Wealthy individuals are thought to have at least $21 trillion hidden in secret tax havens – an amount of wealth equivalent to the combined GDP of United States and Japan.
The study, titled "The Price of Offshore Revisited" was released on Sunday by advocacy group Tax Justice Network, drew data from the World Bank, the International Monetary Fund and the United Nations, and the Bank for International Settlements.
Written by James Henry, a former chief economist at consultancy firm McKinsey, the study is thought to be the most detailed and rigorous study ever made of financial assets held in offshore financial centres and secrecy structures. Related News: Switzerland: Tax Haven No More?
According to the study, at the end of 2010, the top 50 private banks collectively managed more than $12.1 trillion in cross-border invested assets for private clients, up from $5.4 trillion in 2005.
The study added:
The three private banks handling the most assets offshore on behalf of the global super-rich are UBS, Credit Suisse and Goldman Sachs.While the numbers are shocking, Henry claims the $21 trillion figure is in fact “conservative” and the true value could be as high as $32 trillion.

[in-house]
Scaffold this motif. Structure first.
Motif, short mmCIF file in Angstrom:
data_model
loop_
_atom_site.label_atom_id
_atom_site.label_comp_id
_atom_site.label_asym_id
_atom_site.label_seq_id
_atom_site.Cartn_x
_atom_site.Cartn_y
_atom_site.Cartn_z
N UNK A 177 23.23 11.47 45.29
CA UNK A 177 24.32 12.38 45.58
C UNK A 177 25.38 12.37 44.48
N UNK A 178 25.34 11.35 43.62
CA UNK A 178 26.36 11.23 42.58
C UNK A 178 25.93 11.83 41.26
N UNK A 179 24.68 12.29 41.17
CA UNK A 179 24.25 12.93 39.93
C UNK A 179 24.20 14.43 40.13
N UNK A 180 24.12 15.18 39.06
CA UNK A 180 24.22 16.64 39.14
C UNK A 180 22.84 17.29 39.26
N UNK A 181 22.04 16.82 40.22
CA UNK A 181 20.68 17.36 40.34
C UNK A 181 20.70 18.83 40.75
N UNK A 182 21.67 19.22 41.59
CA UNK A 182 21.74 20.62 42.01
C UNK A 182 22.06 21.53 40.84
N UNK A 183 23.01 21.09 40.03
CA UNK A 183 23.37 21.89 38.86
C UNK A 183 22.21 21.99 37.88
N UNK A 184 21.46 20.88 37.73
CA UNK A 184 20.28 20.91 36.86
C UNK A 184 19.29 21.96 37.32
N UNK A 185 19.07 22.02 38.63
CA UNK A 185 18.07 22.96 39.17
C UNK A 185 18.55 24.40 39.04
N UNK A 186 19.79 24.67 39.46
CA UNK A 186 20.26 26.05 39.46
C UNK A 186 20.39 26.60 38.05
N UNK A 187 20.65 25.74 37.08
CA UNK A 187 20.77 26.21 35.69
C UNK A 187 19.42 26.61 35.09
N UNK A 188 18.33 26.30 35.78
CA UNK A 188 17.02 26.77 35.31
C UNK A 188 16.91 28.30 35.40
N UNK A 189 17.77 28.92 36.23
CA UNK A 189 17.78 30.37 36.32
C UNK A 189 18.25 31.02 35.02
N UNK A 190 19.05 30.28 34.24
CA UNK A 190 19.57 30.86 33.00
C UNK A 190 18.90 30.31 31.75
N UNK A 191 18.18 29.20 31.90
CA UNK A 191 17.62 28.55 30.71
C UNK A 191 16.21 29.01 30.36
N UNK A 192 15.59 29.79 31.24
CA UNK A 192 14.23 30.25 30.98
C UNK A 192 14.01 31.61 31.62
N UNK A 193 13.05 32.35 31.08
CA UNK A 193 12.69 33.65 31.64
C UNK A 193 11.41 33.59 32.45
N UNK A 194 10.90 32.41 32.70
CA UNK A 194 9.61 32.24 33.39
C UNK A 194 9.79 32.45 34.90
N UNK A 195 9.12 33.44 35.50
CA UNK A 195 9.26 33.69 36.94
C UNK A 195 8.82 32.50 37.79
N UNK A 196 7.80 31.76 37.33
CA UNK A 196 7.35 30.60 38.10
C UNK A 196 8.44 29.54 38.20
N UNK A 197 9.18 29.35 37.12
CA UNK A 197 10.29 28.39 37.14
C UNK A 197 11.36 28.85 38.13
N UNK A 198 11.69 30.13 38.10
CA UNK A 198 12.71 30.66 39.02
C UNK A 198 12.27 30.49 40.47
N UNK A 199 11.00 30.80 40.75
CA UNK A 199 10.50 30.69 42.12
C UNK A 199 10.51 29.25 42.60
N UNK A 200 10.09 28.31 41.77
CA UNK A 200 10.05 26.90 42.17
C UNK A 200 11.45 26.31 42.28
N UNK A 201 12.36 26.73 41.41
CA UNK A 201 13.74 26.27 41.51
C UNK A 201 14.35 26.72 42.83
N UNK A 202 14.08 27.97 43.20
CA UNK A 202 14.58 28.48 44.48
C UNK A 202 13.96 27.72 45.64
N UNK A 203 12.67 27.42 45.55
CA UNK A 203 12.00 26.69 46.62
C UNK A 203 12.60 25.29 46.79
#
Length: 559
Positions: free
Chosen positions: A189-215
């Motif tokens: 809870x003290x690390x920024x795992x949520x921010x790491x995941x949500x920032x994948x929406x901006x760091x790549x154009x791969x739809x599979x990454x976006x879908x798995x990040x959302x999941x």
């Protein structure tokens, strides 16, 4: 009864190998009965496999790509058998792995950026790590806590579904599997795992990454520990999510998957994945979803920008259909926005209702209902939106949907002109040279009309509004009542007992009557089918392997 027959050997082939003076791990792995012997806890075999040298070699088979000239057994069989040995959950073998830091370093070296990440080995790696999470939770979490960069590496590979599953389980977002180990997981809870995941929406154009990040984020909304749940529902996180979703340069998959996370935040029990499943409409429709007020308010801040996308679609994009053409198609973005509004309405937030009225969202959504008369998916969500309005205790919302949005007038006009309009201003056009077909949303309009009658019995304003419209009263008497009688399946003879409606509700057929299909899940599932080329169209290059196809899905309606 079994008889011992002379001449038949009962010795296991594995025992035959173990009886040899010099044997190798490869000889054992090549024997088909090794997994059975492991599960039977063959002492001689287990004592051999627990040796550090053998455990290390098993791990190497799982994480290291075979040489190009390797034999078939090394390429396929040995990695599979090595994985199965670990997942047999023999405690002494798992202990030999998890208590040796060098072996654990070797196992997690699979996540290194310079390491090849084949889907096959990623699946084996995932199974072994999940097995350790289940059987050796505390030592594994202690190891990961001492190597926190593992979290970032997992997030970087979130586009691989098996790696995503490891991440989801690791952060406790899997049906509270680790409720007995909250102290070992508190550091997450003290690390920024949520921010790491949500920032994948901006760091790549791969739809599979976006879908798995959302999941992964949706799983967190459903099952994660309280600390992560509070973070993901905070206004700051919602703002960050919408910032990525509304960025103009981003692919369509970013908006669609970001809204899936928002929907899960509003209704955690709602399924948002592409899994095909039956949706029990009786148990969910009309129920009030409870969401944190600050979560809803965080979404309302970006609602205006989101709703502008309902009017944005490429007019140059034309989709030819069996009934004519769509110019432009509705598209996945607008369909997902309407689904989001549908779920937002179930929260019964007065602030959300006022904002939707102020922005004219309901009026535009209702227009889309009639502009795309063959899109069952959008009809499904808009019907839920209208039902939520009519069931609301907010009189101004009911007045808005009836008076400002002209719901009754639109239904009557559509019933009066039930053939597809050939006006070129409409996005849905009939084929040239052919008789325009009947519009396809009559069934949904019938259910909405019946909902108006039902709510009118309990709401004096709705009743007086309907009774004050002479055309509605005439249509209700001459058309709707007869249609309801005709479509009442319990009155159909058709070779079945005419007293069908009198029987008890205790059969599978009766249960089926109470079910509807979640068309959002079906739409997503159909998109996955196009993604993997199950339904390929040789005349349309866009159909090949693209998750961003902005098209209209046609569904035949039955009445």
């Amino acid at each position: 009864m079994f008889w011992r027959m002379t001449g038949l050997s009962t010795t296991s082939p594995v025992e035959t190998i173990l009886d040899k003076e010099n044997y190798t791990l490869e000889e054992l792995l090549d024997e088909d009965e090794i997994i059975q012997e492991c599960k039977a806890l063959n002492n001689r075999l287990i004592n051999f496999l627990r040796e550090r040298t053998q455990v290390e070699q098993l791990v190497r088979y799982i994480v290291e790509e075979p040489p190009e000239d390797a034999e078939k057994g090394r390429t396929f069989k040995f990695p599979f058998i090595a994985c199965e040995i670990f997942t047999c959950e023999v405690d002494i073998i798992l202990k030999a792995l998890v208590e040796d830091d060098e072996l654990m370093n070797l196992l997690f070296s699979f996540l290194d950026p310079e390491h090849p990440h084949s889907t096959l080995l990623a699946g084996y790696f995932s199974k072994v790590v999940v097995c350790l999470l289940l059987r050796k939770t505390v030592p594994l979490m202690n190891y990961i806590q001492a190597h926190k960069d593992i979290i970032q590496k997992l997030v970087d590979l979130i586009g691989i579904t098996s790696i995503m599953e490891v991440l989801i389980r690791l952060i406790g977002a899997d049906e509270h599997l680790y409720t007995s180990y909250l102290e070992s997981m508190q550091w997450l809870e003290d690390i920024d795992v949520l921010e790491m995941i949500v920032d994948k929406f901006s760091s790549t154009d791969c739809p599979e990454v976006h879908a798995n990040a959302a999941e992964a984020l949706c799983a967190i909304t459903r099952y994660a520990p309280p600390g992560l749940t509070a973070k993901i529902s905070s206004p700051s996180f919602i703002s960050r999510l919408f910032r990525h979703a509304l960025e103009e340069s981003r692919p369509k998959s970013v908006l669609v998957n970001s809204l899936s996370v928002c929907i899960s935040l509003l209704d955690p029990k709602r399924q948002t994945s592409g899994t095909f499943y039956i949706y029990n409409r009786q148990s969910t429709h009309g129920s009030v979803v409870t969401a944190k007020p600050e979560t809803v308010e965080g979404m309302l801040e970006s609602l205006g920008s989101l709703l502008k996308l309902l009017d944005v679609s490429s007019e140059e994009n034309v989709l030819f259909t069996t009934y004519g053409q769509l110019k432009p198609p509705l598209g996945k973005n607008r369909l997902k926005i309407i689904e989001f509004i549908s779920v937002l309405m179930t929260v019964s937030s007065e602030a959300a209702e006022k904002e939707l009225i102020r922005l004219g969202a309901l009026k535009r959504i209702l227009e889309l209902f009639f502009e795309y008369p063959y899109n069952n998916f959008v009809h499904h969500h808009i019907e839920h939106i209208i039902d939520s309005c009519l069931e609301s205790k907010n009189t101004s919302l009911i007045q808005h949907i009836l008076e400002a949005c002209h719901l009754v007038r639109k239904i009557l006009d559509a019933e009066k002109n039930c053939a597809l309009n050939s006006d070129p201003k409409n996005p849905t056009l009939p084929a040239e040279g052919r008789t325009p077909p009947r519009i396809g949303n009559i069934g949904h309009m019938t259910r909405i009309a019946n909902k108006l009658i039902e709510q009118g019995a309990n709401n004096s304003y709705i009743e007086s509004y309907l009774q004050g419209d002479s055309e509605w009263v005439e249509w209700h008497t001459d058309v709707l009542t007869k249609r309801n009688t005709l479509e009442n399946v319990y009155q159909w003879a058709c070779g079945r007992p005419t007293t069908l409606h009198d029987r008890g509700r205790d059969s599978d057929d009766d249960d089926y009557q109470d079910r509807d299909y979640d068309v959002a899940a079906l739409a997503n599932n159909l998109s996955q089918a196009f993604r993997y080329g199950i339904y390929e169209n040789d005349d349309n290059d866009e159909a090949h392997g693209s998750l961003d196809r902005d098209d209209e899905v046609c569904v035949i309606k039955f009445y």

According to Henry, these assets are "protected by a highly paid, industrious bevy of professional enablers in the private banking, legal, accounting and investment industries taking advantage of the increasingly borderless, frictionless global economy".
Calling the gap a “black hole” in the world economy, the money could generate tax revenues of between $190 to $280 billion, assuming a 30 percent tax rate, or approximately twice the amount OECD countries spend on annual overseas development assistance.
This (comes) at a time when governments all around the world are starved for resources, and we are more conscious than ever of the costs of economic inequality. However, tax expert and British government adviser John Whiting said he was doubtful of the figure.
"There clearly are some significant amounts hidden away, but if it really is that size what is being done with it all?" he asked.
Courtesy Economy Watch, (EconMatters author archive here)
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